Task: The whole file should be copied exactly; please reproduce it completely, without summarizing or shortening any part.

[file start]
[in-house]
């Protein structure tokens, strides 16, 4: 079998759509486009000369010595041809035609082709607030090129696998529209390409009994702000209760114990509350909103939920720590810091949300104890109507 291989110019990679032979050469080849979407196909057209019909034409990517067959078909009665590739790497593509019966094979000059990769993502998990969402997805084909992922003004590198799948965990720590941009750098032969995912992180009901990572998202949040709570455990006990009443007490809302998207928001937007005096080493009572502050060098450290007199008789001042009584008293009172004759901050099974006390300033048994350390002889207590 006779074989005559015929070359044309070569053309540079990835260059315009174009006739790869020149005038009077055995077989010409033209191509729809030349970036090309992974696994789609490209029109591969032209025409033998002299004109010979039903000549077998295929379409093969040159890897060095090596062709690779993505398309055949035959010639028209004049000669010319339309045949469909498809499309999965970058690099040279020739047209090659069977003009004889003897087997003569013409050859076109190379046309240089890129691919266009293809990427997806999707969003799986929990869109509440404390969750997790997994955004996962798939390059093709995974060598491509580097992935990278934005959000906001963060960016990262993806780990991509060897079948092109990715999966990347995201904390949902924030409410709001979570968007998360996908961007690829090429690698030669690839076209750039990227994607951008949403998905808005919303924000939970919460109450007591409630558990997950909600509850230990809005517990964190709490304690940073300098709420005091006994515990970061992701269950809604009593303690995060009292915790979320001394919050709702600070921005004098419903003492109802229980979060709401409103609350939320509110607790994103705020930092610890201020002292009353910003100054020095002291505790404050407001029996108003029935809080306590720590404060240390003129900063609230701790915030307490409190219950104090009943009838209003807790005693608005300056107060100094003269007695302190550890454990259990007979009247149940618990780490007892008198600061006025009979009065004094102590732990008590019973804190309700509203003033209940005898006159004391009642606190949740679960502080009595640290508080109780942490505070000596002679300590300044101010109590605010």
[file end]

[in-house]
């Protein structure tokens, strides 16, 4: 079998759509486009000369010595041809035609082709607030090129696998529209390409009994702000209760114990509350909103939920720590810091949300104890109507 291989110019990679032979050469080849979407196909057209019909034409990517067959078909009665590739790497593509019966094979000059990769993502998990969402997805084909992922003004590198799948965990720590941009750098032969995912992180009901990572998202949040709570455990006990009443007490809302998207928001937007005096080493009572502050060098450290007199008789001042009584008293009172004759901050099974006390300033048994350390002889207590 006779074989005559015929070359044309070569053309540079990835260059315009174009006739790869020149005038009077055995077989010409033209191509729809030349970036090309992974696994789609490209029109591969032209025409033998002299004109010979039903000549077998295929379409093969040159890897060095090596062709690779993505398309055949035959010639028209004049000669010319339309045949469909498809499309999965970058690099040279020739047209090659069977003009004889003897087997003569013409050859076109190379046309240089890129691919266009293809990427997806999707969003799986929990869109509440404390969750997790997994955004996962798939390059093709995974060598491509580097992935990278934005959000906001963060960016990262993806780990991509060897079948092109990715999966990347995201904390949902924030409410709001979570968007998360996908961007690829090429690698030669690839076209750039990227994607951008949403998905808005919303924000939970919460109450007591409630558990997950909600509850230990809005517990964190709490304690940073300098709420005091006994515990970061992701269950809604009593303690995060009292915790979320001394919050709702600070921005004098419903003492109802229980979060709401409103609350939320509110607790994103705020930092610890201020002292009353910003100054020095002291505790404050407001029996108003029935809080306590720590404060240390003129900063609230701790915030307490409190219950104090009943009838209003807790005693608005300056107060100094003269007695302190550890454990259990007979009247149940618990780490007892008198600061006025009979009065004094102590732990008590019973804190309700509203003033209940005898006159004391009642606190949740679960502080009595640290508080109780942490505070000596002679300590300044101010109590605010």